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News from the community of users and contributors

Blazing ahead with 22

It was not that long ago that we first announced support for Java 21, and subsequently made it a build and runtime requirement with Trino 436.

Since then, the codebase received some significant improvements in readability, and we have also seen better performance. However, innovation in Trino and Java is not holding still, on the contrary - it’s accelerating. On the Java community side, Java 22 is just about to be released, and we think it is time to drive innovation in Trino even further. Trino is going to use and require Java 22 soon!

Background and motivation #

The planned move to use and require Java 22 for build and runtime of Trino is driven by numerous aspects:

  • Take advantage of performance and runtime improvements of the new JVM version.
  • Use the newly available language features to further improve readability and maintenance aspects of the codebase.
  • Enable the use of further performance improvements for Trino under the umbrella of Project Hummingbird.
  • Attract and motivate more contributors for Trino as an opportunity to work with a modern Java stack on a cutting edge, complex application and work with the relevant language features and APIs.

Speaking about APIs and new features, let’s look at a list of JDK Enhancement Proposals (JEPs) that we are actively looking at. Specifically we plan to experiment, and adopt any non-preview JEPs where we see benefits. We also plan to submit any issues and problems we encounter back upstream to the Java community:

  • Region Pinning for G1 (JEP 423)
  • Foreign Function & Memory API (JEP 454)
  • Unnamed Variables and Patterns (JEP 456)
  • Class File API in preview (JEP 457)
  • String Templates in second preview (JEP 459)
  • Vector API in 7th incubator (JEP 460)
  • Structured Concurrency in second preview (JEP 462)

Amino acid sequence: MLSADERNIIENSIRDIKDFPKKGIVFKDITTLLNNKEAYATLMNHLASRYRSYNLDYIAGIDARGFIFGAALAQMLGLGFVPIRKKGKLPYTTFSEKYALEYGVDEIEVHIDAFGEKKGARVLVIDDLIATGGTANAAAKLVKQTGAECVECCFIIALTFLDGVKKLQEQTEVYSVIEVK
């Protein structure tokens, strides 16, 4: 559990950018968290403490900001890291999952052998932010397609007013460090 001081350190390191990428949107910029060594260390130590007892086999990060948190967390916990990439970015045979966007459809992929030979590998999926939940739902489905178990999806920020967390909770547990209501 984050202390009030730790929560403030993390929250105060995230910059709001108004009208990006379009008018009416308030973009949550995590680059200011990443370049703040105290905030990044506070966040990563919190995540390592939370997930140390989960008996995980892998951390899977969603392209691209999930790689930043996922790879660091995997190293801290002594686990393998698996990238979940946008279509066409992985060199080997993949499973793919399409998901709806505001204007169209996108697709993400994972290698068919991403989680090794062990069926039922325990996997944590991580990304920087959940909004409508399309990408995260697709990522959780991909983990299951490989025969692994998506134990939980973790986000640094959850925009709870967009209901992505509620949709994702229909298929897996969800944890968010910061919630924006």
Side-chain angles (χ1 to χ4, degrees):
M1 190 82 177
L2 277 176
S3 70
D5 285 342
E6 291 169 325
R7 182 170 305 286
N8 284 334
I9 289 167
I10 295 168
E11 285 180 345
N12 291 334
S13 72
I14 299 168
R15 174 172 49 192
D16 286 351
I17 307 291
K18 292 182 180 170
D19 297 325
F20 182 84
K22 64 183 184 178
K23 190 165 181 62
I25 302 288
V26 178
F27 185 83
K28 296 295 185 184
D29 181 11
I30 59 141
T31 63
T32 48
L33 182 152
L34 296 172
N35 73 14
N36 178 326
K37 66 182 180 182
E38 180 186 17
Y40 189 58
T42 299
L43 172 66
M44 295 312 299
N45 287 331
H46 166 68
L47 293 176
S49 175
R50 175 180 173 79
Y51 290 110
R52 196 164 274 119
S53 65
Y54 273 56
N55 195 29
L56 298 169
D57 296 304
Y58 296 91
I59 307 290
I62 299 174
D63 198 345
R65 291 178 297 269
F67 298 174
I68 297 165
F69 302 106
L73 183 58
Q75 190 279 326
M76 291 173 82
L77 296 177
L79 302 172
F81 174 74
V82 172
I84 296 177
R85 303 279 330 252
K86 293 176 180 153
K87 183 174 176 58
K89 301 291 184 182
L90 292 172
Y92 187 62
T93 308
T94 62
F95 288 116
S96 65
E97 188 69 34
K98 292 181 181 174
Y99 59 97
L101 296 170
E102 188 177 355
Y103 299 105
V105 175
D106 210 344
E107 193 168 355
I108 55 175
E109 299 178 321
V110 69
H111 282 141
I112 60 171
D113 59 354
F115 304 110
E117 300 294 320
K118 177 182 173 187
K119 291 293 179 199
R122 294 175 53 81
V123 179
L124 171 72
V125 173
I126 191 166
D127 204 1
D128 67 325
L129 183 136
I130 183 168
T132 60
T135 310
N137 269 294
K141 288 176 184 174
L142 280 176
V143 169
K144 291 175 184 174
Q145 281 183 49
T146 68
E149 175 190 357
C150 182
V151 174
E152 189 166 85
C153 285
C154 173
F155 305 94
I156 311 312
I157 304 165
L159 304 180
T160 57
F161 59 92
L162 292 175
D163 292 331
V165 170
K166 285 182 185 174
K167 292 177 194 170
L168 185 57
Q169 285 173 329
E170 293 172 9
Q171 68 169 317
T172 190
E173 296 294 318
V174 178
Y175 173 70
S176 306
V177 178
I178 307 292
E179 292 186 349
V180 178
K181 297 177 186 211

• Scoped Values in second preview (JEP 464)

Many of these API’s allow us to further modernize the feature set of Trino and adapt it to current hardware and compute power realities. Specifically we can continue with our commitment to the Java ecosystem and avoid many of the complexities and pitfalls of JNI - the traditional, now legacy integrations with native code and specific hardware features.

Another aspect some of you might wonder about is the move from a Java LTS version to a Java STS release – from “long term support” to “short term support”. So far Trino was using Java 8, Java 11, Java 17, and then Java 21 as requirements. Since all of them are LTS releases, some of you might have concluded that we have a policy of only using Java LTS versions. That is not the case, it is only a coincidence.

We always thrived to use up to date source code, dependencies, runtime environments, and so forth. The benefits, including better performance, available and included bug fixes, reduced need for backports, less security issues, and support for modern language features, development environments, and tooling, always far outweighed the effort of staying up to date.

We are now finally at the long planned status where we can move quick enough as a project to use latest tools, dependencies, and Java releases and keep iterating on our frequent releases. And that is exactly what we are doing for the benefit of everyone contributing to Trino and using Trino. Java 22 now. And then later this year we can move to Java 23, and next year to 24 and 25.

So what are we specifically doing now?

Current status and plans #

Java 22 is scheduled to ship in March 2024. The various JDK distribution binary packages will become available shortly after the official release.

Early access source and binaries are already available, and our continuous integration builds already use such an EA build successfully.

Overall the transition is going well. Our plan is to follow the same approach as our switch to Java 21:

  • Ensure everything works with Java 22.
  • Change the container image to use Java 22.
  • Cut a release and get community feedback from testing with the container.
  • Adjust to any feedback and available improvements for a few releases.
  • Switch the requirement for build and runtime to Java 22.
  • Cut another release and celebrate.

And then the real fun starts all over. We can update code, libraries, and start working with the new APIs. Timing on all the work depends on obstacles we find on the way and how we progress with removing them.

We use the Java 22 tracking issue and the linked issues and pull requests to manage progress, discuss next steps, and work with the community.

Feel free to chime in there or find us on the #dev channel on the Trino community Slack.

Join us in this exciting next step for Trino.

Update from 8 May 2024: The release of Trino 447 includes the switch to Java 22 as a requirement for running Trino.